The irritation amongst employers is starting to show, too. One respondent said they had to tell a parent: “Please tell your student that you have submitted a resume to a company. We have called a student from our resume pool only to find they did not know anything about our company and were not interested in a position with us.” Another one expressed frustration over “a lengthy discussion with a mother on why the company could not arrange a special interview for her son who could not make the scheduled on-campus interview.”

What can you do to ground your helicopter parent?

Being firm with your parents about what parental involvement you’re comfortable with goes a long way in preventing your parents from hovering so close. “Every student needs to have an open and honest dialogue with their parents regarding the levels of parental involvement,” says Winter. “Setting parameters early on can help the student learn to be self-sufficient and resilient.” It might even be helpful to set parameters before you get to college, if you’re in high school.

Dr. Bakota says that maintaining clear lines of communication when you’re away at school is important if you’re worried about parents hovering. “When a student expresses understanding and empathy with parents, it can lead to more open communication. When parents see their student handling challenges well and making good decisions on their own, they may be more likely to give him or her more space,” she says.

Make it clear that you appreciate feedback and interest from your parents, but that you’re the one who decides how involved they should be. Keep your parents updated on what’s going on with your life, but structure what you share with them in a way that limits the need for them to get involved. Telling them about a bad grade you just got may increase the chance they’ll want to act on your behalf, while sharing a story about how you stopped by during office hours to work out a second chance to improve a grade shows them you’re more than capable of dealing with whatever’s thrown your way.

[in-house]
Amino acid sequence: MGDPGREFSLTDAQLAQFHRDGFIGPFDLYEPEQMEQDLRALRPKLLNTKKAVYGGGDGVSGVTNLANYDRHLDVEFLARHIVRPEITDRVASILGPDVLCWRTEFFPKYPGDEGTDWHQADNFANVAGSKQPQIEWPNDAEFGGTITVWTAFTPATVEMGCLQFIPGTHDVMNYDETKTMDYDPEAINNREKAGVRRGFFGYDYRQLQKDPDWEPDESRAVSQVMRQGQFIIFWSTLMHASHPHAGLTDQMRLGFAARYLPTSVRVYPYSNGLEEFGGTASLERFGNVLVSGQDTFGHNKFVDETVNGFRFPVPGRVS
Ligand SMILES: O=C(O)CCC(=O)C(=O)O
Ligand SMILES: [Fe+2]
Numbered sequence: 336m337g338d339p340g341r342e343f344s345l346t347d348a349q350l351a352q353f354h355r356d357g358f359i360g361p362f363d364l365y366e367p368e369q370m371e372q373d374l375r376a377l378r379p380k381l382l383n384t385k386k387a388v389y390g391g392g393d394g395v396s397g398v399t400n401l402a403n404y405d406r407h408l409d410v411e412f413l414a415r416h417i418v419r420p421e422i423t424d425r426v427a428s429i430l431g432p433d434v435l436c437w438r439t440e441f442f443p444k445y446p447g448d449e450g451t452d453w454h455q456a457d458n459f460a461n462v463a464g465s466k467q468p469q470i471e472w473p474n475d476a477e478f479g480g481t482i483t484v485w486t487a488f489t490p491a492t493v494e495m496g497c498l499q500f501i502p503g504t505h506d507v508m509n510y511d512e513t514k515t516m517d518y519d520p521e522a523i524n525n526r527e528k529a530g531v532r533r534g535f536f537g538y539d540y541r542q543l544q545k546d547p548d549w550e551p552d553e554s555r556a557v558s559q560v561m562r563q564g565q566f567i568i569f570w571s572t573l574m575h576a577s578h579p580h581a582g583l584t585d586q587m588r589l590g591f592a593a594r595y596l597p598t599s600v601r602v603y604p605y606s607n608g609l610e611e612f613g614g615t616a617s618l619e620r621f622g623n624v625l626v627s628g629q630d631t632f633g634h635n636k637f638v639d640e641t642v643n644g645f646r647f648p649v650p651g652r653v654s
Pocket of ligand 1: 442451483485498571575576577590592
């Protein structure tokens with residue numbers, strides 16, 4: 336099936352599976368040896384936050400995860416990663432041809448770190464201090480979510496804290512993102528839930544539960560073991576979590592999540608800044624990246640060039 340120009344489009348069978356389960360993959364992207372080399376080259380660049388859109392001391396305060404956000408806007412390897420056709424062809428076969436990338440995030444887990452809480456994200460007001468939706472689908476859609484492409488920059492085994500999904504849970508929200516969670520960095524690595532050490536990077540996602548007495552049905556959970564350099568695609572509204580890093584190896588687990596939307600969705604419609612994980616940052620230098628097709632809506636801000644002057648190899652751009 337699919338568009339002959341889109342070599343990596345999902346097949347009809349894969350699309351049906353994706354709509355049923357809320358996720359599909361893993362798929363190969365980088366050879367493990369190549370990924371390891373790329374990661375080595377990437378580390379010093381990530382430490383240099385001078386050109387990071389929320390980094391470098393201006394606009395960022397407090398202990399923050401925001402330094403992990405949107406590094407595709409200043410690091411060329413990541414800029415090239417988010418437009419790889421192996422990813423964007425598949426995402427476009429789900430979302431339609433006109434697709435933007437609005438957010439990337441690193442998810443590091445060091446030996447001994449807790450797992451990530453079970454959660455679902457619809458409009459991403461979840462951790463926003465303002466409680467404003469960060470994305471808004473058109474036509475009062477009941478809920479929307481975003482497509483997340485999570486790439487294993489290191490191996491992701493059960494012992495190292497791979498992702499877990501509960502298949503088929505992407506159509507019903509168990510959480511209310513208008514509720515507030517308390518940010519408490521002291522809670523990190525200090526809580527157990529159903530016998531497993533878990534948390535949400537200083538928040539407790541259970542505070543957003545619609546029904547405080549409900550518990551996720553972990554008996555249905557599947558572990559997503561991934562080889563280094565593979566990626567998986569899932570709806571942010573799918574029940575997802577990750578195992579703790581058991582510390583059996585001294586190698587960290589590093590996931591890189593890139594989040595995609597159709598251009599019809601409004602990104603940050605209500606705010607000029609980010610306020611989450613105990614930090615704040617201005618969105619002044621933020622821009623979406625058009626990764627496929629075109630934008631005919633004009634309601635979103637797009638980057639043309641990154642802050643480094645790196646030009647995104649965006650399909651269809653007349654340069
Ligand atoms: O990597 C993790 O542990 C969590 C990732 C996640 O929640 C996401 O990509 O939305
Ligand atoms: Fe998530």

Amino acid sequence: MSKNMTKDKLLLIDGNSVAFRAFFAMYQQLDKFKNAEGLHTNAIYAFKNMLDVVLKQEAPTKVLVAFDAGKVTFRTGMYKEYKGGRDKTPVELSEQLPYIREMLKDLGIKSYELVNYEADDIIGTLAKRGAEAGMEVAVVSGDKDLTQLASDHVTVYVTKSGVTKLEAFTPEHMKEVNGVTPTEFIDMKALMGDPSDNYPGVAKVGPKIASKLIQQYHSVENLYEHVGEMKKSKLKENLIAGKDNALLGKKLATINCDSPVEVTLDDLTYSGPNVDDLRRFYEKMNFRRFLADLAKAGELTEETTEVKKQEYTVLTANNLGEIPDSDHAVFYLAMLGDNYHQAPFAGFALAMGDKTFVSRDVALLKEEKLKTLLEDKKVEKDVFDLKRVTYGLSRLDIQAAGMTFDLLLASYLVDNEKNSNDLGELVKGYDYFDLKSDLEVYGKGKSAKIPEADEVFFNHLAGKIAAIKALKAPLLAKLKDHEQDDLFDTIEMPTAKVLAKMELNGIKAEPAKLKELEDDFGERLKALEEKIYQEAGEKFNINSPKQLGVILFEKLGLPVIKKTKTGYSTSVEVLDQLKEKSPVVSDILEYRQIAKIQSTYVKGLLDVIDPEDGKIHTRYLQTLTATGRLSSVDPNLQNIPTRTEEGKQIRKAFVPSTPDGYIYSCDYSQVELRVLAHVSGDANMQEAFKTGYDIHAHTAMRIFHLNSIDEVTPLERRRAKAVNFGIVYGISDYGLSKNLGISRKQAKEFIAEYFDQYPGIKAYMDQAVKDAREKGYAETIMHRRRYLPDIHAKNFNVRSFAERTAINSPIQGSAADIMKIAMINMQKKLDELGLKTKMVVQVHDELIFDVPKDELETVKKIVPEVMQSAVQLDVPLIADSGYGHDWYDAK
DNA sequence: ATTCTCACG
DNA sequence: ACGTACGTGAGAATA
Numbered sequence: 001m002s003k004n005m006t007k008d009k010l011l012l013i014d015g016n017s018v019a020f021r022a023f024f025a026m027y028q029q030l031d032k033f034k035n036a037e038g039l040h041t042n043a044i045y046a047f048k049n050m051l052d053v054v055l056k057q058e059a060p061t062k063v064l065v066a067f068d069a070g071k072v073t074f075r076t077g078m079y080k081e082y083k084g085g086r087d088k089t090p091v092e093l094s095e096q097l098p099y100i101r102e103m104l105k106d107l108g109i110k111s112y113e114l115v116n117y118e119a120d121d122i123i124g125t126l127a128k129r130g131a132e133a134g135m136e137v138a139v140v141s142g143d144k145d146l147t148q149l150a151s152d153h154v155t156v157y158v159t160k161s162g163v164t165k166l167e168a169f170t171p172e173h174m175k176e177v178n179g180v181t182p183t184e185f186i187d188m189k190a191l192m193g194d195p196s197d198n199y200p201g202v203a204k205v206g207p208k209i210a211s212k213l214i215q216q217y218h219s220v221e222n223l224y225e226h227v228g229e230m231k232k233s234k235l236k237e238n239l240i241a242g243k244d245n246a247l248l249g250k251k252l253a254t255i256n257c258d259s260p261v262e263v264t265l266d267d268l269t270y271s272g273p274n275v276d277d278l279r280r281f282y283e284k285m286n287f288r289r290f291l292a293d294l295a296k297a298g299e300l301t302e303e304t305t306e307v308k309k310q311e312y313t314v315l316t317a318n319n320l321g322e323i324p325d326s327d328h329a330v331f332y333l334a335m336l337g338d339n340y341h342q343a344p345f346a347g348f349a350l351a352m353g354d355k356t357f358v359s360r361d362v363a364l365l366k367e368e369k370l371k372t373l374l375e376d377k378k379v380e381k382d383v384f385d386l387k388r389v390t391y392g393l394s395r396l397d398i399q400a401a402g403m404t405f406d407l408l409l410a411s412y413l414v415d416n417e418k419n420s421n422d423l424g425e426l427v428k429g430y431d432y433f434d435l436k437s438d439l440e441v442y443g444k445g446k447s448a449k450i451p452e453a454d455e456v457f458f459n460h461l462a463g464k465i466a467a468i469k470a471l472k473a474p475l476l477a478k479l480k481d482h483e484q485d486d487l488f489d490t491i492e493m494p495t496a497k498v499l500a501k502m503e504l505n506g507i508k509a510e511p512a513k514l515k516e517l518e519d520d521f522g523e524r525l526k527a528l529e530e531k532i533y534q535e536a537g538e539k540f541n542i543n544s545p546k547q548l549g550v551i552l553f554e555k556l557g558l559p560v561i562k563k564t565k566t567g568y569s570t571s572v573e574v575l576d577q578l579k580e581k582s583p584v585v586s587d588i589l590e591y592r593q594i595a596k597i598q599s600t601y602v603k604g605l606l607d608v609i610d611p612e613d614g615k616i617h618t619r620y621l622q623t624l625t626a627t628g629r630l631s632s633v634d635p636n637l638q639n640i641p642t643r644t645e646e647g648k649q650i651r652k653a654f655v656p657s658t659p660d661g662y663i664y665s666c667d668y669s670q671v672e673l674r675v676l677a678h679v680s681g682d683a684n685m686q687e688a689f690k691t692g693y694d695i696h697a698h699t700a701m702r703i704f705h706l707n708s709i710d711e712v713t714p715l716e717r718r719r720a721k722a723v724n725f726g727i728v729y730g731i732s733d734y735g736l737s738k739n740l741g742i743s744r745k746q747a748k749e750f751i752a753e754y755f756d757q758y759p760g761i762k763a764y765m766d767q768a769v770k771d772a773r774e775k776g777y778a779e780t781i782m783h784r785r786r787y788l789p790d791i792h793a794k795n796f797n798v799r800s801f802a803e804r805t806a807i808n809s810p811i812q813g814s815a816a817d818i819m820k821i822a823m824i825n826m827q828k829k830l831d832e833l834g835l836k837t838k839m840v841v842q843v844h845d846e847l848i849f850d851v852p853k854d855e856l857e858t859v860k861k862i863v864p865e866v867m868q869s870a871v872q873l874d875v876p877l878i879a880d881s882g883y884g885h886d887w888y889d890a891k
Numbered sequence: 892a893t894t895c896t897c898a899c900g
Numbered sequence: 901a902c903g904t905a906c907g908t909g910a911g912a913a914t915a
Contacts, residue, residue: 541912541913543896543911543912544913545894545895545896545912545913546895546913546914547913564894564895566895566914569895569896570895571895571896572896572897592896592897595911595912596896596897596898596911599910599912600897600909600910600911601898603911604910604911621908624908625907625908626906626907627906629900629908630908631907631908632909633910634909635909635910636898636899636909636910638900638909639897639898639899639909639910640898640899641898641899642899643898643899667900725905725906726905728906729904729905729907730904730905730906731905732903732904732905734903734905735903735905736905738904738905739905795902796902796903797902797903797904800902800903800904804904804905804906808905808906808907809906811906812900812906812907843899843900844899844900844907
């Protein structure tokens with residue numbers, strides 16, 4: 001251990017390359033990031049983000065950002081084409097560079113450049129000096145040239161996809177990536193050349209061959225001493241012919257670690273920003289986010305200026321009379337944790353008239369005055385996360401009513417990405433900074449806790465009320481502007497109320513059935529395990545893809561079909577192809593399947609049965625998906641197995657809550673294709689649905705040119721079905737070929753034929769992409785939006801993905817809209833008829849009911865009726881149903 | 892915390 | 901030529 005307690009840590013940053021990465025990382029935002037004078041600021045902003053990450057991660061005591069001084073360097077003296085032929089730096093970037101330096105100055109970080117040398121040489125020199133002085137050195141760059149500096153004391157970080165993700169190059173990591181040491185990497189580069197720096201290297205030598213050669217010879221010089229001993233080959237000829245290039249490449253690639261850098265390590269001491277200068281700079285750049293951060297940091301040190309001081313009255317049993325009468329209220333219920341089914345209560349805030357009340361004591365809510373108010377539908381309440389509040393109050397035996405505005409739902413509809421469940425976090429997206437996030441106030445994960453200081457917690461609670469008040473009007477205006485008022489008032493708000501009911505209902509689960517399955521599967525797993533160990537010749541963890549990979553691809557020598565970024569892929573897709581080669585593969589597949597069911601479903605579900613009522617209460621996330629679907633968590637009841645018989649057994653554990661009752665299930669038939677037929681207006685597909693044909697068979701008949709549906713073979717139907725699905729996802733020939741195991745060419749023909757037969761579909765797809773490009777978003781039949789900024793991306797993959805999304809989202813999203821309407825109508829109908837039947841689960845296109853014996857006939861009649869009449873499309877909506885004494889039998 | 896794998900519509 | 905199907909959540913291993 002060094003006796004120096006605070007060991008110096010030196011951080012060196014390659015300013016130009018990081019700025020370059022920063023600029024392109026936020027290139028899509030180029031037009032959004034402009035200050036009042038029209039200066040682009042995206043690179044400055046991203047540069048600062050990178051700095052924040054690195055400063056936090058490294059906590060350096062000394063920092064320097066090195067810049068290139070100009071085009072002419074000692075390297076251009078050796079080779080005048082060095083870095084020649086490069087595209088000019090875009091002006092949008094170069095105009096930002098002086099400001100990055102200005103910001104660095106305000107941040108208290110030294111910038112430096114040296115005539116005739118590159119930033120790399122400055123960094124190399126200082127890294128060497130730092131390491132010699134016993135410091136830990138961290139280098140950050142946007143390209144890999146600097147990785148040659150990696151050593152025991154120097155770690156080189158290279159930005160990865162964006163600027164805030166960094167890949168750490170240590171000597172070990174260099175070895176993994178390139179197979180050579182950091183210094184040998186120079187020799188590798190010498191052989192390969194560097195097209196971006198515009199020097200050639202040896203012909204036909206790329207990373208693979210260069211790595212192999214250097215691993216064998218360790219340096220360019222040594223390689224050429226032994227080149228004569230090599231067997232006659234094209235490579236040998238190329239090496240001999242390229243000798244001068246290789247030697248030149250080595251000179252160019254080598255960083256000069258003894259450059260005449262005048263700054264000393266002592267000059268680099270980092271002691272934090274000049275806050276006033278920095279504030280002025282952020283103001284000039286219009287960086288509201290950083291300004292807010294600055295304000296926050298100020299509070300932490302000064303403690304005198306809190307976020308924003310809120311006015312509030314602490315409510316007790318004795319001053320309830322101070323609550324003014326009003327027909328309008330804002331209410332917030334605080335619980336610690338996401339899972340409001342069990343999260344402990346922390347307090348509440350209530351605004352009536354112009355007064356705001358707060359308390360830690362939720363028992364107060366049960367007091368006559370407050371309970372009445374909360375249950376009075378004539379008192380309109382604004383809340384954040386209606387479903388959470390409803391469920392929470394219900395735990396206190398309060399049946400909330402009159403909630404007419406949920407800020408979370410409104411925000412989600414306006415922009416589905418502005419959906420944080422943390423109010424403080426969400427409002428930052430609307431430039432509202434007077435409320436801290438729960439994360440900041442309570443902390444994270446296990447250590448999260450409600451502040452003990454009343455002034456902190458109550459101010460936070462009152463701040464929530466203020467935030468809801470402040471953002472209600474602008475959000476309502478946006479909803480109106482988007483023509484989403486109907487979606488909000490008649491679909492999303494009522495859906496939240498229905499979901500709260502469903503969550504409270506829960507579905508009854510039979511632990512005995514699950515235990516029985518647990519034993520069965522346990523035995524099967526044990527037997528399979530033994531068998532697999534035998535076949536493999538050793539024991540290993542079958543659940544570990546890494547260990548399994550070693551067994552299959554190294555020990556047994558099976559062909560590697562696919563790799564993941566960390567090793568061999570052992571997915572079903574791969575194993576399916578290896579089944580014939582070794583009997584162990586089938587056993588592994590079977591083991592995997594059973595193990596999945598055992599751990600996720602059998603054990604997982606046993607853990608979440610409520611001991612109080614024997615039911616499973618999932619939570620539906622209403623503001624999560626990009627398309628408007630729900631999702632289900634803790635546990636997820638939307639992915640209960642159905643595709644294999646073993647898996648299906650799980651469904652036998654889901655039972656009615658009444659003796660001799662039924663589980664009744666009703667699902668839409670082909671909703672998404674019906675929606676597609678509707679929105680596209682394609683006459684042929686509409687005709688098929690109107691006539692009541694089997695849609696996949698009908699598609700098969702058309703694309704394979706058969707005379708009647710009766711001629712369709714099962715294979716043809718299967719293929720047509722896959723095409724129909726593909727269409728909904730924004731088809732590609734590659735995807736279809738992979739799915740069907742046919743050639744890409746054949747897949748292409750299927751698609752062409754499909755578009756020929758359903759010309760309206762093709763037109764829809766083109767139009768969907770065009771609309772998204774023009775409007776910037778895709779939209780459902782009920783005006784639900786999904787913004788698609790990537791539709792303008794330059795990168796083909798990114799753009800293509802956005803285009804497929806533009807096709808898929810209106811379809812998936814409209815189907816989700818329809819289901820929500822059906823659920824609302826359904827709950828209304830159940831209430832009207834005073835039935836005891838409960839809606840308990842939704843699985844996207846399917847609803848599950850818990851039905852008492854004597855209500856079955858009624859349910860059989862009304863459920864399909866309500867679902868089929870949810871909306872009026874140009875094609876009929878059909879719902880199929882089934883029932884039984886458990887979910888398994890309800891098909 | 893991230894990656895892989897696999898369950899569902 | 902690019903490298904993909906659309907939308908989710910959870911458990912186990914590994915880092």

Striking a balance between “OMG, just let me breathe!” and “Do you even know what school I go to?” with your parents in college can be difficult. It can be tricky to know how much is too much when it comes to Mom or Dad’s involvement. “Ideally, (the) parents’ role is that of a consultant to college-age students. They can provide respect, support and encouragement, and allow students to handle issues on their own,” says Dr. Bakota. If something’s bugging you about a comment a parent makes or an action they take, talk things over with them. Emphasize that you appreciate the interest in what’s going on in your life, but that you need some space to make your own decisions and learn how to be (or at least act like) a grownup. Chances are they’ll understand, appreciate the maturity on your part, and be happy to be a parent of such a great collegiette!

Sydney is a junior double majoring in Media and Cultural Studies and Political Science at Macalester College in St. Paul, Minn., a short trip away from Minneapolis, her hometown. When Sydney is not producing content for a variety of platforms, she enjoys hanging out with friends, watching movies, reading, and indulging in a smoothie or tea from Caribou Coffee, the MN-based version of Starbucks.